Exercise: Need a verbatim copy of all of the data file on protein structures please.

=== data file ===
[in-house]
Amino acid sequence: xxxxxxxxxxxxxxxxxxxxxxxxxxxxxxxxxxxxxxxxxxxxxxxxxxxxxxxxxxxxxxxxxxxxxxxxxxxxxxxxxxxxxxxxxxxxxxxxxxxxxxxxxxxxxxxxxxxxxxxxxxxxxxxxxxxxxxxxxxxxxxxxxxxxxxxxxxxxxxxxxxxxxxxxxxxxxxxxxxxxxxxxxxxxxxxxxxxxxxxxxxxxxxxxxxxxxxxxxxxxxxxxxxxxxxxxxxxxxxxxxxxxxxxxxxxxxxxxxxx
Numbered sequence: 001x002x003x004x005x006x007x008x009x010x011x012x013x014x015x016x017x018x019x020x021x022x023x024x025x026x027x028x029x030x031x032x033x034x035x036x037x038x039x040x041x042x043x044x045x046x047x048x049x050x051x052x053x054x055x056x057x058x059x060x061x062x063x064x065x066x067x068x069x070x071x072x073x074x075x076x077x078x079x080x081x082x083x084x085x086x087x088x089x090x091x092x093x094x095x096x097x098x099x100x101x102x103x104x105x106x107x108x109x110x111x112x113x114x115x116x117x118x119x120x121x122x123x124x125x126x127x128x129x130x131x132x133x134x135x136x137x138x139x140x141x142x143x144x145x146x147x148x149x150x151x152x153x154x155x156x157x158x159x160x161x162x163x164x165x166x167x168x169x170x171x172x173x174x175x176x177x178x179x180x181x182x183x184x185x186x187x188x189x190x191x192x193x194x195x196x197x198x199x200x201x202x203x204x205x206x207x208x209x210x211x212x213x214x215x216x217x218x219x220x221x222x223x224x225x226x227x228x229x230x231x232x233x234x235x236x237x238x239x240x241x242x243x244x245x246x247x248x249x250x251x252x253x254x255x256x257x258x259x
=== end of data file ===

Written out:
[in-house]
Amino acid sequence: xxxxxxxxxxxxxxxxxxxxxxxxxxxxxxxxxxxxxxxxxxxxxxxxxxxxxxxxxxxxxxxxxxxxxxxxxxxxxxxxxxxxxxxxxxxxxxxxxxxxxxxxxxxxxxxxxxxxxxxxxxxxxxxxxxxxxxxxxxxxxxxxxxxxxxxxxxxxxxxxxxxxxxxxxxxxxxxxxxxxxxxxxxxxxxxxxxxxxxxxxxxxxxxxxxxxxxxxxxxxxxxxxxxxxxxxxxxxxxxxxxxxxxxxxxxxxxxxxxx
Numbered sequence: 001x002x003x004x005x006x007x008x009x010x011x012x013x014x015x016x017x018x019x020x021x022x023x024x025x026x027x028x029x030x031x032x033x034x035x036x037x038x039x040x041x042x043x044x045x046x047x048x049x050x051x052x053x054x055x056x057x058x059x060x061x062x063x064x065x066x067x068x069x070x071x072x073x074x075x076x077x078x079x080x081x082x083x084x085x086x087x088x089x090x091x092x093x094x095x096x097x098x099x100x101x102x103x104x105x106x107x108x109x110x111x112x113x114x115x116x117x118x119x120x121x122x123x124x125x126x127x128x129x130x131x132x133x134x135x136x137x138x139x140x141x142x143x144x145x146x147x148x149x150x151x152x153x154x155x156x157x158x159x160x161x162x163x164x165x166x167x168x169x170x171x172x173x174x175x176x177x178x179x180x181x182x183x184x185x186x187x188x189x190x191x192x193x194x195x196x197x198x199x200x201x202x203x204x205x206x207x208x209x210x211x212x213x214x215x216x217x218x219x220x221x222x223x224x225x226x227x228x229x230x231x232x233x234x235x236x237x238x239x240x241x242x243x244x245x246x247x248x249x250x251x252x253x254x255x256x257x258x259x